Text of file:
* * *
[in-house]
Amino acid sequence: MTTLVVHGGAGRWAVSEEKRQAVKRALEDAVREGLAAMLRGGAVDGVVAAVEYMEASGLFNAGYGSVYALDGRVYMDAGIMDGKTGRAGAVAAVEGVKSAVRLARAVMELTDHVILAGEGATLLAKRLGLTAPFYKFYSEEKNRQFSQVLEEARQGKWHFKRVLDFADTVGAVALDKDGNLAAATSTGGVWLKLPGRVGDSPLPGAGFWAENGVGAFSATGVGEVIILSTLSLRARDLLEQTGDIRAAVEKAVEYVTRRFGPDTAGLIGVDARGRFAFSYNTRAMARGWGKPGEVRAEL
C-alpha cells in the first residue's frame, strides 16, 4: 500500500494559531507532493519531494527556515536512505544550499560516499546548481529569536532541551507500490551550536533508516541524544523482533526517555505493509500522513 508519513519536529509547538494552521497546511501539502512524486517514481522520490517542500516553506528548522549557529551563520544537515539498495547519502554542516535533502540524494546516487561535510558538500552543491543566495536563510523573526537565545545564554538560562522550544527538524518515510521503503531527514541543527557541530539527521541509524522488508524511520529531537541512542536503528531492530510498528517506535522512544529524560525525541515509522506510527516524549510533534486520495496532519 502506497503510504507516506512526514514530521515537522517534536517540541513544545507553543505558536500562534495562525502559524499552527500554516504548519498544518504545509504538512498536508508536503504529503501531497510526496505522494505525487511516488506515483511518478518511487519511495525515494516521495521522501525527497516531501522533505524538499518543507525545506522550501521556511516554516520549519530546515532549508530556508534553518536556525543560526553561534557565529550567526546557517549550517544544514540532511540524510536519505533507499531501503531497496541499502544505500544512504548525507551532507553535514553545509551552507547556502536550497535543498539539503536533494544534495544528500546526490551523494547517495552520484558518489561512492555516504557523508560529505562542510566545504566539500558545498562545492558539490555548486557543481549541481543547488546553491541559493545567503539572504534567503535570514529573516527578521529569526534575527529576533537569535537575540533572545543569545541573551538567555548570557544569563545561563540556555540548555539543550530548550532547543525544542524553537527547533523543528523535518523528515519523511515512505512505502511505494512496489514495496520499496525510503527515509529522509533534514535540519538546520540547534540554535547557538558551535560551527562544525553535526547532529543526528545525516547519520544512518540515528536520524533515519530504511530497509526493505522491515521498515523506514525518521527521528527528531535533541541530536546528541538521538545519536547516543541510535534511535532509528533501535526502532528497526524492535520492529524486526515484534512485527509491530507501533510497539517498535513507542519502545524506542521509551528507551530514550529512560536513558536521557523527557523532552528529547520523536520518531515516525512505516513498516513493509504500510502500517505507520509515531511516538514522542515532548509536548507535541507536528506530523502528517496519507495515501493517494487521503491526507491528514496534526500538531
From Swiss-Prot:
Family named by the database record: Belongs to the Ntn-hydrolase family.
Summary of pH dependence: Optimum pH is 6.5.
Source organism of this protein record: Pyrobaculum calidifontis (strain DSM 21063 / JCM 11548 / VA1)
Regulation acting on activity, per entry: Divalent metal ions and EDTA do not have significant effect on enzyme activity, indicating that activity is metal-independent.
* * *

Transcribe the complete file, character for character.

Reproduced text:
[in-house]
Amino acid sequence: MTTLVVHGGAGRWAVSEEKRQAVKRALEDAVREGLAAMLRGGAVDGVVAAVEYMEASGLFNAGYGSVYALDGRVYMDAGIMDGKTGRAGAVAAVEGVKSAVRLARAVMELTDHVILAGEGATLLAKRLGLTAPFYKFYSEEKNRQFSQVLEEARQGKWHFKRVLDFADTVGAVALDKDGNLAAATSTGGVWLKLPGRVGDSPLPGAGFWAENGVGAFSATGVGEVIILSTLSLRARDLLEQTGDIRAAVEKAVEYVTRRFGPDTAGLIGVDARGRFAFSYNTRAMARGWGKPGEVRAEL
C-alpha cells in the first residue's frame, strides 16, 4: 500500500494559531507532493519531494527556515536512505544550499560516499546548481529569536532541551507500490551550536533508516541524544523482533526517555505493509500522513 508519513519536529509547538494552521497546511501539502512524486517514481522520490517542500516553506528548522549557529551563520544537515539498495547519502554542516535533502540524494546516487561535510558538500552543491543566495536563510523573526537565545545564554538560562522550544527538524518515510521503503531527514541543527557541530539527521541509524522488508524511520529531537541512542536503528531492530510498528517506535522512544529524560525525541515509522506510527516524549510533534486520495496532519 502506497503510504507516506512526514514530521515537522517534536517540541513544545507553543505558536500562534495562525502559524499552527500554516504548519498544518504545509504538512498536508508536503504529503501531497510526496505522494505525487511516488506515483511518478518511487519511495525515494516521495521522501525527497516531501522533505524538499518543507525545506522550501521556511516554516520549519530546515532549508530556508534553518536556525543560526553561534557565529550567526546557517549550517544544514540532511540524510536519505533507499531501503531497496541499502544505500544512504548525507551532507553535514553545509551552507547556502536550497535543498539539503536533494544534495544528500546526490551523494547517495552520484558518489561512492555516504557523508560529505562542510566545504566539500558545498562545492558539490555548486557543481549541481543547488546553491541559493545567503539572504534567503535570514529573516527578521529569526534575527529576533537569535537575540533572545543569545541573551538567555548570557544569563545561563540556555540548555539543550530548550532547543525544542524553537527547533523543528523535518523528515519523511515512505512505502511505494512496489514495496520499496525510503527515509529522509533534514535540519538546520540547534540554535547557538558551535560551527562544525553535526547532529543526528545525516547519520544512518540515528536520524533515519530504511530497509526493505522491515521498515523506514525518521527521528527528531535533541541530536546528541538521538545519536547516543541510535534511535532509528533501535526502532528497526524492535520492529524486526515484534512485527509491530507501533510497539517498535513507542519502545524506542521509551528507551530514550529512560536513558536521557523527557523532552528529547520523536520518531515516525512505516513498516513493509504500510502500517505507520509515531511516538514522542515532548509536548507535541507536528506530523502528517496519507495515501493517494487521503491526507491528514496534526500538531
From Swiss-Prot:
Family named by the database record: Belongs to the Ntn-hydrolase family.
Summary of pH dependence: Optimum pH is 6.5.
Source organism of this protein record: Pyrobaculum calidifontis (strain DSM 21063 / JCM 11548 / VA1)
Regulation acting on activity, per entry: Divalent metal ions and EDTA do not have significant effect on enzyme activity, indicating that activity is metal-independent.